An important message about Wellbeing & Resilience - COVID-19


We are hearing a lot about handwashing and social distancing at the moment (and rightly so) – but what about the other things we need to be doing to look after ourselves and our family, friends and colleagues?

Lawyers right across SA are facing uncertainty, disrupted income, health issues, worry about their loved ones, and so on… These challenges can produce effects such as exhaustion, detachment from others, insomnia, poor eating habits and irritability. And, of course, an increased risk of experiencing anxiety and depression.

Some of the usual recommendations for keeping ourselves mentally healthy and resilient aren’t very helpful at a time like this where social isolation is mandated for the foreseeable future.   The isolation of working remotely without the usual day to day interactions with your colleagues will likely take its toll. 

The gym is no longer an option. Connecting with friends and family over dinner has been ruled out. Even getting some quiet time on your own at home might be difficult now if everyone in the household is working or studying from home.

The Law Society’s Wellbeing and Resilience Committee wants to remind you that there are a range of services still available to support you at this difficult time and there is a lot you can do to take care of yourself despite the restrictions on movement and interaction.

Our top five tips for your wellbeing and resilience:

1.     Stay connected – there are so many ways to do this online now. Share a Spotify playlist, have a video call through Skype or FB Messenger, play games against colleagues or friends online… This is particularly important for people who are working from home and are therefore physically isolated from colleagues as well as their family and friends. For more inspiration, click here.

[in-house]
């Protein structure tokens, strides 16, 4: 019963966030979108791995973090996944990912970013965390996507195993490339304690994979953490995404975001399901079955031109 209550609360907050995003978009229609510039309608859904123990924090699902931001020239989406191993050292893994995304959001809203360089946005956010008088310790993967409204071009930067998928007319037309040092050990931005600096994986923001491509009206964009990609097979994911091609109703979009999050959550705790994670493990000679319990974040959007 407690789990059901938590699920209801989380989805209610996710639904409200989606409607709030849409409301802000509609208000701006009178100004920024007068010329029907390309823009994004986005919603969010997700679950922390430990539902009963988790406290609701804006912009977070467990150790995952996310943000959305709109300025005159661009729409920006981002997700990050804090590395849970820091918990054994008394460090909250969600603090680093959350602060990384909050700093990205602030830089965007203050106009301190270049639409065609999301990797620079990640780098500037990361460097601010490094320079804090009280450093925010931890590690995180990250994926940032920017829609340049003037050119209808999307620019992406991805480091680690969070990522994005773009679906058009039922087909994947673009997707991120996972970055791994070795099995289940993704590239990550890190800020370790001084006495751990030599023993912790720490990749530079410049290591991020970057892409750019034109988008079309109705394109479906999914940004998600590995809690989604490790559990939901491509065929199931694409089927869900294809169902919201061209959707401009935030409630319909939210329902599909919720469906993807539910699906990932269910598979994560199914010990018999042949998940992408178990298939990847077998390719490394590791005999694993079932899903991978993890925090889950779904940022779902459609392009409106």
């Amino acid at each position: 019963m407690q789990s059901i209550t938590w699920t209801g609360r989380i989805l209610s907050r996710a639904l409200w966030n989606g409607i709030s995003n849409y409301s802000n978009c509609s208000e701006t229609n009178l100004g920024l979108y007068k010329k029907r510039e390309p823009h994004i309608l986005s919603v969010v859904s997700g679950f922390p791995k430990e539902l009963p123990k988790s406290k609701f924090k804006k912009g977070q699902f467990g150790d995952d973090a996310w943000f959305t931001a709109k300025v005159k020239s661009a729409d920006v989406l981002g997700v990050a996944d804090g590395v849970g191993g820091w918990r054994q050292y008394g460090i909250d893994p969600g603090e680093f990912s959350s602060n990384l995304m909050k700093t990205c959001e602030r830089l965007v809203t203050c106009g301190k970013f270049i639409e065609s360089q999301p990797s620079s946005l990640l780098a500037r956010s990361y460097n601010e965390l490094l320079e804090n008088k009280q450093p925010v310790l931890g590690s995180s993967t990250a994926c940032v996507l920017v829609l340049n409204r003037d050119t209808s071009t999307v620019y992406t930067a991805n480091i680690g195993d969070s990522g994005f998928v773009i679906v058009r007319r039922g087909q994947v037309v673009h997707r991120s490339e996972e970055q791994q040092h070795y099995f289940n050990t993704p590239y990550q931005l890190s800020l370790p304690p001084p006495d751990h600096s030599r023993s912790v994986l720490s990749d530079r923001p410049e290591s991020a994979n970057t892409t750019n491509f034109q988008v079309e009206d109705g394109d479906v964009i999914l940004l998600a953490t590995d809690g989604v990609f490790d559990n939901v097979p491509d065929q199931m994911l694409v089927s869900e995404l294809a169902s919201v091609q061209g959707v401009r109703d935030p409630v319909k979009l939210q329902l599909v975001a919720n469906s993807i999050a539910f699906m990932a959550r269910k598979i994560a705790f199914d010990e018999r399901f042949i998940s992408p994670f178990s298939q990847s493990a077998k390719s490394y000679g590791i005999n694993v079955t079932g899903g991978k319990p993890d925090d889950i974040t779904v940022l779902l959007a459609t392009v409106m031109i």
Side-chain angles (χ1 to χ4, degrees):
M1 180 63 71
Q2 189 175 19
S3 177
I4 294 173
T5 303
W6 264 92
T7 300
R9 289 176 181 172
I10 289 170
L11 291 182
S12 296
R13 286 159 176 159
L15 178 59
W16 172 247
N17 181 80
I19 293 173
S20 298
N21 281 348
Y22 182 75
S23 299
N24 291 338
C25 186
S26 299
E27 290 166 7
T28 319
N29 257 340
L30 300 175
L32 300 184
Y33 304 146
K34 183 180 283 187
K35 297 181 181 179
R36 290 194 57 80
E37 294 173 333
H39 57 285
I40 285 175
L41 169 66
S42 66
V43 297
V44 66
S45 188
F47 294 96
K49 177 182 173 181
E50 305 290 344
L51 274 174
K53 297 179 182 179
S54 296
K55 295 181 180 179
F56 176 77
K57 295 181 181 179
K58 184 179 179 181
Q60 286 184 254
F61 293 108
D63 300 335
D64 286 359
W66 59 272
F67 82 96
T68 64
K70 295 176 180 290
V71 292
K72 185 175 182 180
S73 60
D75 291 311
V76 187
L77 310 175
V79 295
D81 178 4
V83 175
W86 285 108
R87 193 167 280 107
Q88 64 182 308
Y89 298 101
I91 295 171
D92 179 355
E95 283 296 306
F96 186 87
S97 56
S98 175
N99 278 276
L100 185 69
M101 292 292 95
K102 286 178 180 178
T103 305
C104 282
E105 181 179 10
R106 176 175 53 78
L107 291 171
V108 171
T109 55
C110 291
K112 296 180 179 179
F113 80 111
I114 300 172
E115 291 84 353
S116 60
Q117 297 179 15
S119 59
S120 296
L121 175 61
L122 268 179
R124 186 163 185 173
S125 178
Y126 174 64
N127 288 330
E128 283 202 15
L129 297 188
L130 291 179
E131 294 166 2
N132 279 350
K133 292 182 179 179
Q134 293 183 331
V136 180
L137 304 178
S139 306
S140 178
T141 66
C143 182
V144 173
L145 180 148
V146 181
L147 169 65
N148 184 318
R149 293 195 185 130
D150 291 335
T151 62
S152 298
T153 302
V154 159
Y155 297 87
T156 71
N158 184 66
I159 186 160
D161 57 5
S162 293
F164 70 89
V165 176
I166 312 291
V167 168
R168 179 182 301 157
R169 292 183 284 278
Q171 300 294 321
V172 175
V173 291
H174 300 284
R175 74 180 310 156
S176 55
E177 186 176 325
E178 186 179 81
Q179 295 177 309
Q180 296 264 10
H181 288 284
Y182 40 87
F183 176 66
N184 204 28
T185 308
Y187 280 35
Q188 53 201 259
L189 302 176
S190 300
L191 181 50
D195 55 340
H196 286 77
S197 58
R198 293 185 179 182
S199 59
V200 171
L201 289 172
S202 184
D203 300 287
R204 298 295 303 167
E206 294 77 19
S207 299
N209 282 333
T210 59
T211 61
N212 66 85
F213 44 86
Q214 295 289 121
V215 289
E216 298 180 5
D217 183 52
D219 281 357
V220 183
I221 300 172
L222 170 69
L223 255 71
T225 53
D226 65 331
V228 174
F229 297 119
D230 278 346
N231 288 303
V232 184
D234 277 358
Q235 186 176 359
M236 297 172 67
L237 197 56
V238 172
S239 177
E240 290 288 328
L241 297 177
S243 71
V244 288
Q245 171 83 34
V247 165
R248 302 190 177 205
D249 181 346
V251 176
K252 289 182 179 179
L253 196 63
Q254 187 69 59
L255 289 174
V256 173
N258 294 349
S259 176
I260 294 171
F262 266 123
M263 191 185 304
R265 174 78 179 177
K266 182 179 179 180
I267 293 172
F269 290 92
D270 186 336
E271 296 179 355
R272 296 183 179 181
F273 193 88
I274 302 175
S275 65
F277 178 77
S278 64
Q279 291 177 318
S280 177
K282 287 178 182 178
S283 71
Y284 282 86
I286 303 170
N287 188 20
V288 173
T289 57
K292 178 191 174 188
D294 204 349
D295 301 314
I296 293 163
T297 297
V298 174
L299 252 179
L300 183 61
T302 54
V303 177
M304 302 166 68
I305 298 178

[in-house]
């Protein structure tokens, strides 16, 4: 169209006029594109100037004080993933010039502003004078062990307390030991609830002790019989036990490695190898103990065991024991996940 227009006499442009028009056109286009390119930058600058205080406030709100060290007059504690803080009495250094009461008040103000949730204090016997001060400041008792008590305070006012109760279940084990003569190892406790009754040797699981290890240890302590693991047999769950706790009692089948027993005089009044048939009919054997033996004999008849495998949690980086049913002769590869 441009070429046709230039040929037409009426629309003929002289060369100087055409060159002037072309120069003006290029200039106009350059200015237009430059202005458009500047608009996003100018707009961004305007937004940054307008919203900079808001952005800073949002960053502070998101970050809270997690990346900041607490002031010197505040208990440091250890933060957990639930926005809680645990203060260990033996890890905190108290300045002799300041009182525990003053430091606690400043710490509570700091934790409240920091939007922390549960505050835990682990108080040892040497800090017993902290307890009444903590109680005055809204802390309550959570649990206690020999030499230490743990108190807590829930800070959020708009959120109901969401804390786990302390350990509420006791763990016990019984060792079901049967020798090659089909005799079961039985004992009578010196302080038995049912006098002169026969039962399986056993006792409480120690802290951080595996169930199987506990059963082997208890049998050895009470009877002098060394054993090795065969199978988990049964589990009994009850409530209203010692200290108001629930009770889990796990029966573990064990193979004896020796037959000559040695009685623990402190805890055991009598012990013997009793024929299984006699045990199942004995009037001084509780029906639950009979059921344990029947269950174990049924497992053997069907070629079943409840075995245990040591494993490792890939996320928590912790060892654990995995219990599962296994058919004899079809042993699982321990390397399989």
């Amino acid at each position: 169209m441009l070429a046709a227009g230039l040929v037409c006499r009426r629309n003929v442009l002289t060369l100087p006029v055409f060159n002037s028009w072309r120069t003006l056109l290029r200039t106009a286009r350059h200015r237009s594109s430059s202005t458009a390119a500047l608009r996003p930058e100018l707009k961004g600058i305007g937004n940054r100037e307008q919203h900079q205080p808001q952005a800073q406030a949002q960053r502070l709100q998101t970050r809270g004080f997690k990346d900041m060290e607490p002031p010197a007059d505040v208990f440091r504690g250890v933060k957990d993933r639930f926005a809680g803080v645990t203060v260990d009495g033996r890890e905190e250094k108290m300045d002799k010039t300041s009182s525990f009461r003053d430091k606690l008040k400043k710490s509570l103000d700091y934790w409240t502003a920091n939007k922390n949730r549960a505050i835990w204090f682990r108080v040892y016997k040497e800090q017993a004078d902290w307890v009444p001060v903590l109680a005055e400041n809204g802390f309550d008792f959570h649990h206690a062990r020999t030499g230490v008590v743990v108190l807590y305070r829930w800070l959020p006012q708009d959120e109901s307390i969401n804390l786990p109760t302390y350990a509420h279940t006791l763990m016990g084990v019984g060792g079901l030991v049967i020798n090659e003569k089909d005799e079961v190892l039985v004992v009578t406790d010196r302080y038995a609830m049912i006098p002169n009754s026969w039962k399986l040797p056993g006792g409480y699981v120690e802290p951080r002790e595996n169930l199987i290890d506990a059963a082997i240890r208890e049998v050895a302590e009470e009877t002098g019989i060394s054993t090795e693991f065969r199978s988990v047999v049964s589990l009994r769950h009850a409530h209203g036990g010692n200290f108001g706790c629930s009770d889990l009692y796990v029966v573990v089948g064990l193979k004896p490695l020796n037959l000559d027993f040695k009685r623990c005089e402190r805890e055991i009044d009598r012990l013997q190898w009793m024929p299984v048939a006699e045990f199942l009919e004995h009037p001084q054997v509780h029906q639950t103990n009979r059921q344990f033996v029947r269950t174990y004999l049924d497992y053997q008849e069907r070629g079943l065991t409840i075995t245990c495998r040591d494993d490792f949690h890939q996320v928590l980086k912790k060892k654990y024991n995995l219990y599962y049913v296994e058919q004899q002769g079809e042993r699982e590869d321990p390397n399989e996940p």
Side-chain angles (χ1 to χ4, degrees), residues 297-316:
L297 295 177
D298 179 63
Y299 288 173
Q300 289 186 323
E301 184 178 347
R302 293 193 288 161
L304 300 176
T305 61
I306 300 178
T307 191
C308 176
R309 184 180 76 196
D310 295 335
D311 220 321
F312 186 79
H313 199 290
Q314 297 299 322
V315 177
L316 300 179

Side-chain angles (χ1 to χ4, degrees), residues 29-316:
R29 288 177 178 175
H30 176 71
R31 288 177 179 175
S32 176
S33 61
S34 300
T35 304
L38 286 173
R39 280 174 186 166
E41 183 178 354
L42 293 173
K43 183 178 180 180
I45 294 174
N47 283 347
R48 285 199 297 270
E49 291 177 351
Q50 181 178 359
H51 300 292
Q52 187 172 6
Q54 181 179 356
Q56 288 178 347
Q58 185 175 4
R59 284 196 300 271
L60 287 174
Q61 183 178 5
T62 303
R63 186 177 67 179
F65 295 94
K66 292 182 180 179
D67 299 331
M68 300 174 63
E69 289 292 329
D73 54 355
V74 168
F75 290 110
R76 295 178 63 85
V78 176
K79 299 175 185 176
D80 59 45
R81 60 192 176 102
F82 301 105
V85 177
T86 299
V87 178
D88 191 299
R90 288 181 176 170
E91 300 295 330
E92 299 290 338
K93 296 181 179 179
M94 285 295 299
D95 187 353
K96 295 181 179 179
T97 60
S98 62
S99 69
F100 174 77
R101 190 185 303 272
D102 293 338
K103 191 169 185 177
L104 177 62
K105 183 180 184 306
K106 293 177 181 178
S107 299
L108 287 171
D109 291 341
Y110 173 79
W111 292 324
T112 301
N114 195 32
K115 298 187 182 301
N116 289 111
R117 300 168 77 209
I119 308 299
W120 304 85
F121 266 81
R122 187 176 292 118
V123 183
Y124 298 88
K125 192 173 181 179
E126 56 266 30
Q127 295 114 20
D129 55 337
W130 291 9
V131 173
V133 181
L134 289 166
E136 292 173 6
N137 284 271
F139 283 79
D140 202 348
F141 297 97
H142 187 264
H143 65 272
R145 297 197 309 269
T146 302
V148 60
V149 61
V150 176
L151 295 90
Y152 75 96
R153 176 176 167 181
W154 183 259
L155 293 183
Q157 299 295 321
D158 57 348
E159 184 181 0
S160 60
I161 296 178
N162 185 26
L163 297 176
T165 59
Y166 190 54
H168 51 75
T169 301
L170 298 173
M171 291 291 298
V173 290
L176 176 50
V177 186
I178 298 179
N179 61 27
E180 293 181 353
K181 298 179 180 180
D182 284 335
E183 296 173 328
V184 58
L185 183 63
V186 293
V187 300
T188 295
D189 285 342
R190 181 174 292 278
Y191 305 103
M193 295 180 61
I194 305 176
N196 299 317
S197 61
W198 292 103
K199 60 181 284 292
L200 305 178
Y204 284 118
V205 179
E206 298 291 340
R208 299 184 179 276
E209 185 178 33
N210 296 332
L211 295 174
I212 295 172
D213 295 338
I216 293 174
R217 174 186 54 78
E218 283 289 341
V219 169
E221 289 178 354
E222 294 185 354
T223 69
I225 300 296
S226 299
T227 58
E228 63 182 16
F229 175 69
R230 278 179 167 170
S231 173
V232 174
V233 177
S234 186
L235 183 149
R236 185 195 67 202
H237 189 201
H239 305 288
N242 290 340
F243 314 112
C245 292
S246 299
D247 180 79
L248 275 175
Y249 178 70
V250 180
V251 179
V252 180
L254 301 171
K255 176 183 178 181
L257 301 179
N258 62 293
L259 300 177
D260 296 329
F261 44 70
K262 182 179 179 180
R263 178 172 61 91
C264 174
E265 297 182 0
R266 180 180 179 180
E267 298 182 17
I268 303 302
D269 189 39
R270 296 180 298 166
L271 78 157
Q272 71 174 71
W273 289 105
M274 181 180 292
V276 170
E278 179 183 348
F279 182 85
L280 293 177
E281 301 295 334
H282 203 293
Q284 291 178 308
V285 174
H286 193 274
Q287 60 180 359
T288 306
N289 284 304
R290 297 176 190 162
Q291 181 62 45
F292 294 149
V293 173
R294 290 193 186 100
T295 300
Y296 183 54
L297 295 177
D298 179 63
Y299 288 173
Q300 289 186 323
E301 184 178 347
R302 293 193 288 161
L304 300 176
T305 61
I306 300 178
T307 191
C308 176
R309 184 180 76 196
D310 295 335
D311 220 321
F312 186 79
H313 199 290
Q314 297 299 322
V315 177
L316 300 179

2.      Keep physically active – use this as an opportunity to work on your (solo) running or explore the millions of free exercise videos online. Chris Hemsworth is offering a free trial of his fitness/lifestyle app, Centr, and there are lots of other free options to choose from as well. Your gym might even be offering some free online content. Even if you are only working out in your lounge room – you will still get the same boost to your physical and mental health.

3.      Focus on what you can control – there is a lot that we can’t control, predict or even understand at the moment. Taking charge where we can will help us to combat anxiety. So create a new daily routine for yourself, decide on some projects you want to spend your weekends at home working on, and make sure you get enough sleep.

4.      Practice meditation and mindfulness – much of the anxiety we feel comes from rehashing what we have already lived through and obsessing over what might happen next. That is a normal response to a situation like this but meditation and mindfulness can bring us back to the present moment and therefore help us to keep anxiety at bay. There are lots of apps which make this really easy, such as HeadSpace and InsightTimer.

5.      Give yourself some enjoyable distractions – don’t just work and scroll through news feeds. Here is one of the many central resources for suggestions about podcasts, books, TV shows, movies and much more to keep the whole household amused. 

Our top three resources if you need some support:

1.       Lifeline is still available to you 24/7. They offer phone, text and online chat services. They also have some suggestions about getting through this period.

2.       BeyondBlue services are also still available via phone and chat.

3.       LawCare Counselling service remains available via phone and face-to-face.

If you are interested in learning more, click here for more apps, fact sheets and websites. You can also access our free Online Wellbeing and Resilience Program (for which you can claim 1 CPD point) and a Wellbeing and Resilience Guide.

Wellbeing & Resilience Committee